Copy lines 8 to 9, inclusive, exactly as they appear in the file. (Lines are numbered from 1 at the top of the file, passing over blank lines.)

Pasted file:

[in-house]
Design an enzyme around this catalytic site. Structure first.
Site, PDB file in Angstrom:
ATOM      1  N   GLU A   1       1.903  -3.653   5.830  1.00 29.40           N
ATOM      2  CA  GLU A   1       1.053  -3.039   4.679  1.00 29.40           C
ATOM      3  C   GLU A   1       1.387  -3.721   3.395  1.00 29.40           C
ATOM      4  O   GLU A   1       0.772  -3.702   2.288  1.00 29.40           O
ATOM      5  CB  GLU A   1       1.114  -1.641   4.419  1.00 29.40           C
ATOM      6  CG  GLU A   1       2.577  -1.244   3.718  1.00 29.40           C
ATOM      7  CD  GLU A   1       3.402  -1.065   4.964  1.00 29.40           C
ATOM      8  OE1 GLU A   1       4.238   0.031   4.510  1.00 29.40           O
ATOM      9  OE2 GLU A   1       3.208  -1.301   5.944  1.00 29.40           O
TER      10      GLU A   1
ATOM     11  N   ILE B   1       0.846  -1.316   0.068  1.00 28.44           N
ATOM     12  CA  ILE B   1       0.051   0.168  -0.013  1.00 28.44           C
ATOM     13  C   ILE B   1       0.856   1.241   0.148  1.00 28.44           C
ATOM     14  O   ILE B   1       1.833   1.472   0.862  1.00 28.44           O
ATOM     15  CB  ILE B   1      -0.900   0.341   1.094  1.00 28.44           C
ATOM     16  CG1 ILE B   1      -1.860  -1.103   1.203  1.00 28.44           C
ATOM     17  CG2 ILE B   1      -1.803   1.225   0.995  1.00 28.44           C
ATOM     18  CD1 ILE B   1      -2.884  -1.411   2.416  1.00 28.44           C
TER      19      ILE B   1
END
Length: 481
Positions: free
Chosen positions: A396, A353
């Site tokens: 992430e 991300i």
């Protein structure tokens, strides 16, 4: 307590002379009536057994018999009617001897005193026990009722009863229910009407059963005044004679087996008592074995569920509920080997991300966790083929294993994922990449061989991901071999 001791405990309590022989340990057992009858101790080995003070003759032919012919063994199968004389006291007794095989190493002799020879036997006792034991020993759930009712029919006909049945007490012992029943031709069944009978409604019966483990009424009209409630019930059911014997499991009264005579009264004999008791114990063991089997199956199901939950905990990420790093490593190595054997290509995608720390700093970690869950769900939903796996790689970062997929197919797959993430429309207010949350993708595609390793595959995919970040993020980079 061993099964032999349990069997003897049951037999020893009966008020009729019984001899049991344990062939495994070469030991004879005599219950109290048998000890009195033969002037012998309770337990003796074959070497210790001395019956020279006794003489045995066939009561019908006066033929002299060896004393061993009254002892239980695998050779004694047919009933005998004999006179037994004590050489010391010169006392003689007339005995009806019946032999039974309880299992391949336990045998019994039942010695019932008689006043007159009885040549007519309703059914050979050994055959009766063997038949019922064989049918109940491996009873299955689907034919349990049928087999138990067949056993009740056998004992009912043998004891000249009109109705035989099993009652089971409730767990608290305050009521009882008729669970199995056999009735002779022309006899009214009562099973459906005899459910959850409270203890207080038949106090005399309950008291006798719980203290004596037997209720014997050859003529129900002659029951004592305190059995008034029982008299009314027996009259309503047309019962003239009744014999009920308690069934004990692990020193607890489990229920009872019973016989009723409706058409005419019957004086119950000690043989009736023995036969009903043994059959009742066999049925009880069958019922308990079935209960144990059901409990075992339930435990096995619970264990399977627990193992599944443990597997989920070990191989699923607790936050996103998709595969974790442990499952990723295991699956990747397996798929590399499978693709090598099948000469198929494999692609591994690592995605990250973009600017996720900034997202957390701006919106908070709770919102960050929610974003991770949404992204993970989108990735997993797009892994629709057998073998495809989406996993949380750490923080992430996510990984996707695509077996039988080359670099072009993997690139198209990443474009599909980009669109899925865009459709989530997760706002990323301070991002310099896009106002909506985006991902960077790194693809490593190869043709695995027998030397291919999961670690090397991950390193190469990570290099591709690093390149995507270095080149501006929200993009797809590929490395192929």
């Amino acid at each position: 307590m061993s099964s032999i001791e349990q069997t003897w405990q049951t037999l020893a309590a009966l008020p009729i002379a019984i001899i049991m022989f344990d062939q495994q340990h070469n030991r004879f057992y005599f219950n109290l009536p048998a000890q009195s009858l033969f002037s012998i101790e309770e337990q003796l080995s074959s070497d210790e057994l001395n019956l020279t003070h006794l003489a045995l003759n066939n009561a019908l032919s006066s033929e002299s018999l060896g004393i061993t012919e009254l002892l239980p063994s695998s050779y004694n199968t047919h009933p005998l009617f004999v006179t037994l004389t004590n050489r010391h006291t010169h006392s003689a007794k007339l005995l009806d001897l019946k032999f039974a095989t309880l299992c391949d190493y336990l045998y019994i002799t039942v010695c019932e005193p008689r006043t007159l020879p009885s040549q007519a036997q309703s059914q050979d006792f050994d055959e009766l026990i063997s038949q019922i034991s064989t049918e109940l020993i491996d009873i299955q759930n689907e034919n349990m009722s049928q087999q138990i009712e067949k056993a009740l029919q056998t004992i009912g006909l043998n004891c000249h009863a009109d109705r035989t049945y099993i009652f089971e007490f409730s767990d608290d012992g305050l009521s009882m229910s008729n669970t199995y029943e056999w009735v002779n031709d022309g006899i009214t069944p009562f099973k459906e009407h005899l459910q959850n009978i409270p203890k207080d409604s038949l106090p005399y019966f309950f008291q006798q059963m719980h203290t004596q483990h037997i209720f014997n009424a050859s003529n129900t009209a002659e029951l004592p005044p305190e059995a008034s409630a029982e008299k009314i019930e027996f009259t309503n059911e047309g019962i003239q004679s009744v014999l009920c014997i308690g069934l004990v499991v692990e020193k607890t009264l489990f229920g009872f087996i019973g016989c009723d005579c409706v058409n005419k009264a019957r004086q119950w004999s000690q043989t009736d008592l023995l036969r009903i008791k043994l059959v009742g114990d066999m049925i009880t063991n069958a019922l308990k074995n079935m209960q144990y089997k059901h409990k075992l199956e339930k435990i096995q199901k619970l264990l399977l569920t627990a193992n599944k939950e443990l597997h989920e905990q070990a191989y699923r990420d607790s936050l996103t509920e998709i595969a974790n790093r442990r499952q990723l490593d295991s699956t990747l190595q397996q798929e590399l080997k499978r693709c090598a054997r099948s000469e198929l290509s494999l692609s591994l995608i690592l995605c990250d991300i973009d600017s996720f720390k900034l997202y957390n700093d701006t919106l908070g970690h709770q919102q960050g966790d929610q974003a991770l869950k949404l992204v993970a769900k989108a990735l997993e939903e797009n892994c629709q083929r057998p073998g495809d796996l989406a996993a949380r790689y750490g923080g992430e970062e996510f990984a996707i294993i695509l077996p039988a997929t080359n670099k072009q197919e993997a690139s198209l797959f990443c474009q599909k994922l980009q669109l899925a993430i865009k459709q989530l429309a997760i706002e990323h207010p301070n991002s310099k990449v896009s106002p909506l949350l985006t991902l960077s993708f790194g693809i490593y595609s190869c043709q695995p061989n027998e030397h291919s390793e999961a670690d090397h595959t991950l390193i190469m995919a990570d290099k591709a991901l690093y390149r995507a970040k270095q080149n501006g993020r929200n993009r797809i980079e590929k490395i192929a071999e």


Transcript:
ATOM      5  CB  GLU A   1       1.114  -1.641   4.419  1.00 29.40           C
ATOM      6  CG  GLU A   1       2.577  -1.244   3.718  1.00 29.40           C